Thank you for the recent opportunity to have worked with you on behalf of See My Art, Inc. “SMART” strategic planning and now I’m proud to join the SMART board. I am impressed and humbled by the talent, passion and qualifications of SMART board members. I welcome the opportunity to do my part to contribute to your present and future goals all focused to provide and expand creative potential and opportunities of people with ‘unique potentials’ that all too often are neither cultivated or recognized.
Professionally, since 2001, I have served the greater Sawyer County area in roles with UW-Extension and Sawyer County Health and Human Services. I have provided education, resource & referral and community leadership with the aim to promote self-sufficiency and quality of life for marginal populations. For nearly 20 years I have spearheaded community collaborations and partnerships toward this aim as well as worked one on one with individuals. More recently, I have engaged wrap around services for youth with severe emotional and behavioral challenges. As SMART board members will know already, often these youth have tremendous artistic capacity that is neither acknowledged or used to support their overall development and self-esteem.
Personally, I have encountered deep challenges in meeting the needs of my Russian adopted daughter, Taisia (now age 22) who has unique strengths as a result of Asperger’s, Fetal Alcohol Syndrome and severe Reactive Attachment Disorder. Several years ago, gratefully, through clients, friends and other connections I became aware of art therapy and was able to enlist Sara Balbin to provide a creative connection for Taisia and non-judgmental support for me. Of course, corresponding to this time I began to notice the fabulous printed greeting cards created by what is now SMART artists.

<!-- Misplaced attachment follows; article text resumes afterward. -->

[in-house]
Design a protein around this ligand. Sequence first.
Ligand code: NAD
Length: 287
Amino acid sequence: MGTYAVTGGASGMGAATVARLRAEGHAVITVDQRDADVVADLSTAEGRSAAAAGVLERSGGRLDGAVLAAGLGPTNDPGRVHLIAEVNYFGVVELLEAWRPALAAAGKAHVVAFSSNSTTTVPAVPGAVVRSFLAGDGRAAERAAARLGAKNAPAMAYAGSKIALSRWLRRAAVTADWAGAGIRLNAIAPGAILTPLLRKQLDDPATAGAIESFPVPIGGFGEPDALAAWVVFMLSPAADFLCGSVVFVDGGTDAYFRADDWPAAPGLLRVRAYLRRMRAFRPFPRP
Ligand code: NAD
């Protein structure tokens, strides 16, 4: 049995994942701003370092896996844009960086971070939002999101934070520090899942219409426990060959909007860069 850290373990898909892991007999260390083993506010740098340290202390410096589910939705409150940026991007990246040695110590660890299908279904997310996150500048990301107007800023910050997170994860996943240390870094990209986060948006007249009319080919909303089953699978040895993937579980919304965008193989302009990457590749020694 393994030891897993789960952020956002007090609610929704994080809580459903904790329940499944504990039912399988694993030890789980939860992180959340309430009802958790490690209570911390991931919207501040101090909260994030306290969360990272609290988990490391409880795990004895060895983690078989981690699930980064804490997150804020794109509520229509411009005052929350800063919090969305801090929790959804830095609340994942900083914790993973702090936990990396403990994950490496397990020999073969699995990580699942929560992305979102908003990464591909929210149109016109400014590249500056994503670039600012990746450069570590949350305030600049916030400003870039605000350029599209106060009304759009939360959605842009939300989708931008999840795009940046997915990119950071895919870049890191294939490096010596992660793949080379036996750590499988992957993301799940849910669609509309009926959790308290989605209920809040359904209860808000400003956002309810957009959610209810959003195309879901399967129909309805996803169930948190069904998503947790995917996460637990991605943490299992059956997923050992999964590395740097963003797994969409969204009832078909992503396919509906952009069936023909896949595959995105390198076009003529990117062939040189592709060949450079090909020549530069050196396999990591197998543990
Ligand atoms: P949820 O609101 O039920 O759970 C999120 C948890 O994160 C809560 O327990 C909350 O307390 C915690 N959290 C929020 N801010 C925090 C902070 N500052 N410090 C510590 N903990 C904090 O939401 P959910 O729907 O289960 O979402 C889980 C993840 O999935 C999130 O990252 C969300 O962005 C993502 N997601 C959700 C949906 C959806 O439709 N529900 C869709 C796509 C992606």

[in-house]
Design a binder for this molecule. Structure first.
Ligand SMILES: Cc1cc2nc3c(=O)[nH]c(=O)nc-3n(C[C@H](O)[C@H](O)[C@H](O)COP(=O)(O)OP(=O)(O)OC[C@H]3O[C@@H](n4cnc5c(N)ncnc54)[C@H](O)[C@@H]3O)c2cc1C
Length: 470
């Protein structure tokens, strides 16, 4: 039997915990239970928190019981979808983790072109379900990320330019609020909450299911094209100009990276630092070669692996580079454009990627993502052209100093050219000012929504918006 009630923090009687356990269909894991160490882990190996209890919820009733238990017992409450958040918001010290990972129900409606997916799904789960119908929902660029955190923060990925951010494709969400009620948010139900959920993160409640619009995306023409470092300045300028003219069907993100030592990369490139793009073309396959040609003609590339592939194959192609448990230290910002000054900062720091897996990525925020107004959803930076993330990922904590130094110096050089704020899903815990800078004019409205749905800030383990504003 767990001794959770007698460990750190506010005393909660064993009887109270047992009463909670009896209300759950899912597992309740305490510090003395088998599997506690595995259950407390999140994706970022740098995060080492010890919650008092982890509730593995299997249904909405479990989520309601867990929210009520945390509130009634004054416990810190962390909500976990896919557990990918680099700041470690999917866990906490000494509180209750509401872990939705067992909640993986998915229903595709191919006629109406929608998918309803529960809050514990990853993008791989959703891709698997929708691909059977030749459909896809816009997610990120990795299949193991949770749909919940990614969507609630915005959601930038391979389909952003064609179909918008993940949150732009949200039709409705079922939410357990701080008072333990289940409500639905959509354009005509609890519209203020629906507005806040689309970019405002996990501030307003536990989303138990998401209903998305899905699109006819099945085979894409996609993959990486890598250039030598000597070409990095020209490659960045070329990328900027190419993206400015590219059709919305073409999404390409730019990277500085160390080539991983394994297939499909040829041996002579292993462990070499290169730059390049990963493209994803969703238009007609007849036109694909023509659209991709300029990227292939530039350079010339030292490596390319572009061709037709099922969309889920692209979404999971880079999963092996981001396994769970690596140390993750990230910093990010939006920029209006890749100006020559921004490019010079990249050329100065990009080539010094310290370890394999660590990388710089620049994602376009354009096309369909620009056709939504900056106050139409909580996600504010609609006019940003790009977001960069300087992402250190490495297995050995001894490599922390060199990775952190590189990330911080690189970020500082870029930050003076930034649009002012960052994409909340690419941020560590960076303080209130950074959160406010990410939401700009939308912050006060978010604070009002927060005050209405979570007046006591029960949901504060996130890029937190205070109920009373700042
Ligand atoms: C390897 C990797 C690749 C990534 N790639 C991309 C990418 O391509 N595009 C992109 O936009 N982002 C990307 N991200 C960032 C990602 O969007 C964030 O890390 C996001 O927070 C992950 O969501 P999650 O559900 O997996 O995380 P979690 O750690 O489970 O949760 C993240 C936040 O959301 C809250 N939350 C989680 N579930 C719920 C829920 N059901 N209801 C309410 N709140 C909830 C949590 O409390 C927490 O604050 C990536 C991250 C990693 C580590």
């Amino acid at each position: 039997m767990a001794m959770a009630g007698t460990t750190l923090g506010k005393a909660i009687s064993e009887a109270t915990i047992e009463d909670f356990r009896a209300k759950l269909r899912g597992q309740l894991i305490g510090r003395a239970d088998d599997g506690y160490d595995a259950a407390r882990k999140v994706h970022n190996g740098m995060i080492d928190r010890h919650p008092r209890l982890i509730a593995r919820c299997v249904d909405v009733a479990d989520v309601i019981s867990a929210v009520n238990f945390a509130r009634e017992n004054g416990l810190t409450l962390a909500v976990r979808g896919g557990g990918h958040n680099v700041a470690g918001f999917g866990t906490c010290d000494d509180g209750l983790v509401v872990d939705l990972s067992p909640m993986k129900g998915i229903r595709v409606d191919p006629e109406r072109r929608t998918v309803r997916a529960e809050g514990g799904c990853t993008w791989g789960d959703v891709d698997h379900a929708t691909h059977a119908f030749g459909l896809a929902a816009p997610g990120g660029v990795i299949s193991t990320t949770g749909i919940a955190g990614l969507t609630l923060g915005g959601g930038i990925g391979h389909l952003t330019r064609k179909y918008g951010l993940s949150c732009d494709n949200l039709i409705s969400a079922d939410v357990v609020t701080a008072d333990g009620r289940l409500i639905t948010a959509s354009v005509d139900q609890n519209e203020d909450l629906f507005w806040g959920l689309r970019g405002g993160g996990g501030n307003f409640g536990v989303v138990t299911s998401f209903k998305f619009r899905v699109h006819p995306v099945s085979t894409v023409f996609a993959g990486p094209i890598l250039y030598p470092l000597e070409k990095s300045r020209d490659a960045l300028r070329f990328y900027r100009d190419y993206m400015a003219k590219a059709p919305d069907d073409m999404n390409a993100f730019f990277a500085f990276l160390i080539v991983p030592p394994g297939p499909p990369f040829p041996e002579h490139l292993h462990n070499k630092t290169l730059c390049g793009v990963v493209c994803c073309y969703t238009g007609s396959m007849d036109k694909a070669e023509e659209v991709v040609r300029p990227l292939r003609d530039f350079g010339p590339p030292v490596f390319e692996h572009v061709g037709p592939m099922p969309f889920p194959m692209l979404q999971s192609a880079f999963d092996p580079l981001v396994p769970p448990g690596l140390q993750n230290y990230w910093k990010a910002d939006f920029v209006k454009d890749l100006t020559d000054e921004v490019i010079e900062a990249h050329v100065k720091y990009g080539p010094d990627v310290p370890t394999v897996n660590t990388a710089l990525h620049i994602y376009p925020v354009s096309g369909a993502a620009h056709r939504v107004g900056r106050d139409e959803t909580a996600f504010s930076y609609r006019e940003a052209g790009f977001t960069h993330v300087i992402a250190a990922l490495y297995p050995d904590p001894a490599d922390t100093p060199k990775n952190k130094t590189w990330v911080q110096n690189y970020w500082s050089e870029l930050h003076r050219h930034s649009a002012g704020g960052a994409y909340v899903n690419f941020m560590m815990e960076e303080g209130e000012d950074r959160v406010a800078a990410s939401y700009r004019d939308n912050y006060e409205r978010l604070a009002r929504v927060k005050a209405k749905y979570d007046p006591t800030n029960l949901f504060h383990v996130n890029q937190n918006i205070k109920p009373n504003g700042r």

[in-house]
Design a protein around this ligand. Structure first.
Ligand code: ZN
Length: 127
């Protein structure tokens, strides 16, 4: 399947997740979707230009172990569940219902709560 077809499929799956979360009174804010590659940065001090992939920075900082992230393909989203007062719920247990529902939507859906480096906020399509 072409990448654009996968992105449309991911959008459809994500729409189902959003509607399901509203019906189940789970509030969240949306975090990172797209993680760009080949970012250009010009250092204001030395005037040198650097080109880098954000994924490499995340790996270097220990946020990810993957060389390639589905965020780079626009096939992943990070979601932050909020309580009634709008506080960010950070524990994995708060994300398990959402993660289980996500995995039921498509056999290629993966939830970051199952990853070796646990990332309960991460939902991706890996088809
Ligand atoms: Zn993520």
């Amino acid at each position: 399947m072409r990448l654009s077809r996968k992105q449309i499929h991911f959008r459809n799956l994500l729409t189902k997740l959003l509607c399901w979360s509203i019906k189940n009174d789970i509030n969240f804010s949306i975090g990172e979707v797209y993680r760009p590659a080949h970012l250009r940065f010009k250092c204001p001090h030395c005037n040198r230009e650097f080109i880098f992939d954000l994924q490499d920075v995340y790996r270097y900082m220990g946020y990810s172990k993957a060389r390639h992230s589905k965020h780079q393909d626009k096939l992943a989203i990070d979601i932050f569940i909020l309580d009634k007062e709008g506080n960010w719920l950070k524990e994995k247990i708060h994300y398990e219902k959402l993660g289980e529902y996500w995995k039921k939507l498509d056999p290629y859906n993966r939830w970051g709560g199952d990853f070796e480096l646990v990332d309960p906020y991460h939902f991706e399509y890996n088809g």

I believe I share the SMART Board’s passion and commitment on behalf of the SMART strategic plan to continue and also expand SMART creative options with the aim to lift artists with unique potential as well as enhance community outreach and support.
I’ve lived with my husband Vaughn, sons Cody and Kyle in the Chequamegon Bay area since 1990. Our youngest son Cody is in the autism spectrum and is a See My Art, Inc. artist. His natural gifts are drawing/paintings and making others smile through his art. Our oldest son Kyle graduated with a degree in speech and Language Pathology.
I worked for Bayfield County for over 22 years, first serving as Victim/Witness Coordinator and Legal Assistant to the District Attorney; and subsequently as the County’s first Criminal Justice Coordinator since 2005.
As Criminal Justice Coordinator, I developed and facilitated evidence-based programs designed to change the thinking and behavior of offenders to promote a successful re-entry into the community. I have served as the project director for Bayfield County’s Risk Reduction Treatment Court (RRTC) since its inception in 2011. Have written grants and implemented programs focused on effective treatment alternatives, cross-jurisdictional training, and funding for educational enhancement for offenders in the Bayfield and Ashland County area.
Presently, I am a Community Health Worker, I connect people to needed health care information and services. I provide ongoing education, resources, and support to empower patients and improve health outcomes for community members.
Autism is considered a disability, but Cody’s artistry is beautiful and proves otherwise. SMART helps his art move beyond societal norms through exhibits, events and website. As a Board Member, I’m delighted to assist with program development, participate in events, and marketing to promote the mission “Unlocking Doors and Minds through Art for Individuals with Disabilities.”